- Ventilation with adaptive-servo technology (ASV): the adaptive-servo ventilation system monitors breathing and changes airflow via the mask to mimic the patient’s usual breathing pattern if they are awake.
This modification can be done promptly when the ASV senses that the person is not breathing properly (as in central sleep apnea, whenever the brain fails to instruct the body to breathe). ASV regulates the pressure once the person exhales or returns to a regular breathing rhythm.
- Medications: Certain drugs have been used to promote breathing in persons with central sleep apnea, like acetazolamide (Diamox) or theophylline. If positive airway pressure treatment fails to work, medications may be provided.
- Stimulation of the Phrenic Nerve: It is a novel FDA-approved treatment for adults with moderate to severe central sleep apnea. Phrenic nerve stimulation is a pacemaker-like gadget that activates the phrenic nerve in the chest to send impulses to the diaphragm that regulates breathing.
While you sleep, it analyzes respiratory signals and aids in the restoration of regular breathing patterns. It is not necessary to wear a mask because the gadget is implanted and switches on automatically during sleep.
Mixed Sleep Apnea
Obstructive and central sleep apnea symptoms are combined in mixed sleep apnea (MSA) also known as Complex Sleep Apnea. In some people who are currently using CPAP equipment to treat obstructive sleep apnea, PAP therapy can trigger symptoms of central sleep apnea. This phenomenon has been seen in sleep labs for a long time but has never been investigated.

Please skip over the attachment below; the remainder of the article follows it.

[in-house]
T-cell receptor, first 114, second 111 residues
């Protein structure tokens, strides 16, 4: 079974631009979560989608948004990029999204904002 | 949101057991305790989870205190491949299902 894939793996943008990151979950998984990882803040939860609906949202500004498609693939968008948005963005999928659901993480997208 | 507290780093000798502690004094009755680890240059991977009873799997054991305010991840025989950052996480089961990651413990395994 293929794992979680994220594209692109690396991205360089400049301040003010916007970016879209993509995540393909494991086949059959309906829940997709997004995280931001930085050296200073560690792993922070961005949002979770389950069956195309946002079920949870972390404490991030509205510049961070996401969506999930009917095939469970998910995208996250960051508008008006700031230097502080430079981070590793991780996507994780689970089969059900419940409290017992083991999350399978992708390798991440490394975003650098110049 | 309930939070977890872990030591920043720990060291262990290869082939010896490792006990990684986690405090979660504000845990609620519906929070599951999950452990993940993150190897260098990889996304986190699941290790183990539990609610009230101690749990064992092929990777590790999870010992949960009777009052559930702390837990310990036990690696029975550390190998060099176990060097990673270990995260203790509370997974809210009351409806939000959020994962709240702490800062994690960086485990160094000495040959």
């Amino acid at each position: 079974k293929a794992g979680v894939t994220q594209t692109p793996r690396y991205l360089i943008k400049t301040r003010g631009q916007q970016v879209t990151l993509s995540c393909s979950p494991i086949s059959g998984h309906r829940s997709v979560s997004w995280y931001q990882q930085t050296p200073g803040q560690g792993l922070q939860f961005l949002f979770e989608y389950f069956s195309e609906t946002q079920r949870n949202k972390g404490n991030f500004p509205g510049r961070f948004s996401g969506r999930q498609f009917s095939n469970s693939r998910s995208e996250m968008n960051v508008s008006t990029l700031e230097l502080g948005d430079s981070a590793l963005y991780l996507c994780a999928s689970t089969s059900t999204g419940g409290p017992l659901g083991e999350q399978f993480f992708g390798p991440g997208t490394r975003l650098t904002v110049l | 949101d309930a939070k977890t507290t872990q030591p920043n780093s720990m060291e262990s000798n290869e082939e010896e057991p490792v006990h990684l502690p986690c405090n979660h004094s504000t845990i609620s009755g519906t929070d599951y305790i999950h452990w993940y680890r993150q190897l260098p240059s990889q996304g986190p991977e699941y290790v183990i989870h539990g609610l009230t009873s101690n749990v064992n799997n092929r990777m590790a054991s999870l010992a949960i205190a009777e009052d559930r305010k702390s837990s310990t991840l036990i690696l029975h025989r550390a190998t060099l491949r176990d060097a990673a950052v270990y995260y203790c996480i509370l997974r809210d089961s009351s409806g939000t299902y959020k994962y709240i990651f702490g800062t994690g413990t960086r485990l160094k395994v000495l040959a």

One type of sleep apnea may be more prevalent than the other, implying that someone may have more obstructive sleep apnea or more central sleep apnea.
Symptoms of MSA
- Awakenings from sleep that are only a few minutes long
- Weariness during the day
- Headaches, dry mouth
- Sleeplessness or poor sleep quality
Treatment Options For MSA
For mixed sleep apnea, the best treatment choices are still being developed. CPAP machines, set at the lowest feasible pressure setting, are still one of the best therapies for keeping the airways clear of blockages while preventing the development of CSA symptoms.
BiPAP machines and adaptive servo-ventilation devices are used in some circumstances when CPAP fails, as they can better regulate ventilation (source). Bilevel positive airway pressure devices can tackle the obstructive aspect and also regulate ventilation amid central apneas by inducing breaths (timed breaths) during episodes of central apneas.
Adaptive servo ventilators have proven to be effective since they can analyze breath-to-breath and adjust their settings accordingly.
Although both BiPAP and ASV machines have proved to enhance treatments for mixed sleep apnea when compared to CPAP machines, there is currently no ideal treatment for mixed sleep apnea.
The Bottom Line
Understanding the underlying causes of sleep apnea, whether obstructive, central, or mixed, is critical in selecting the best treatment approach for you. An overnight sleep study that looks at your breathing while you sleep is a good place to start.
Sleep apnea, if left untreated, can lead to major health concerns like heart disease, obesity, dangerous daytime weariness, eye and vision difficulties, and mood and psychological disorders.
People who suffer from sleep apnea are 30 percent more likely than those who do not have a cardiac arrest or die from a heart attack. So if you or somebody you care about is having sleep apnea symptoms, see your doctor immediately.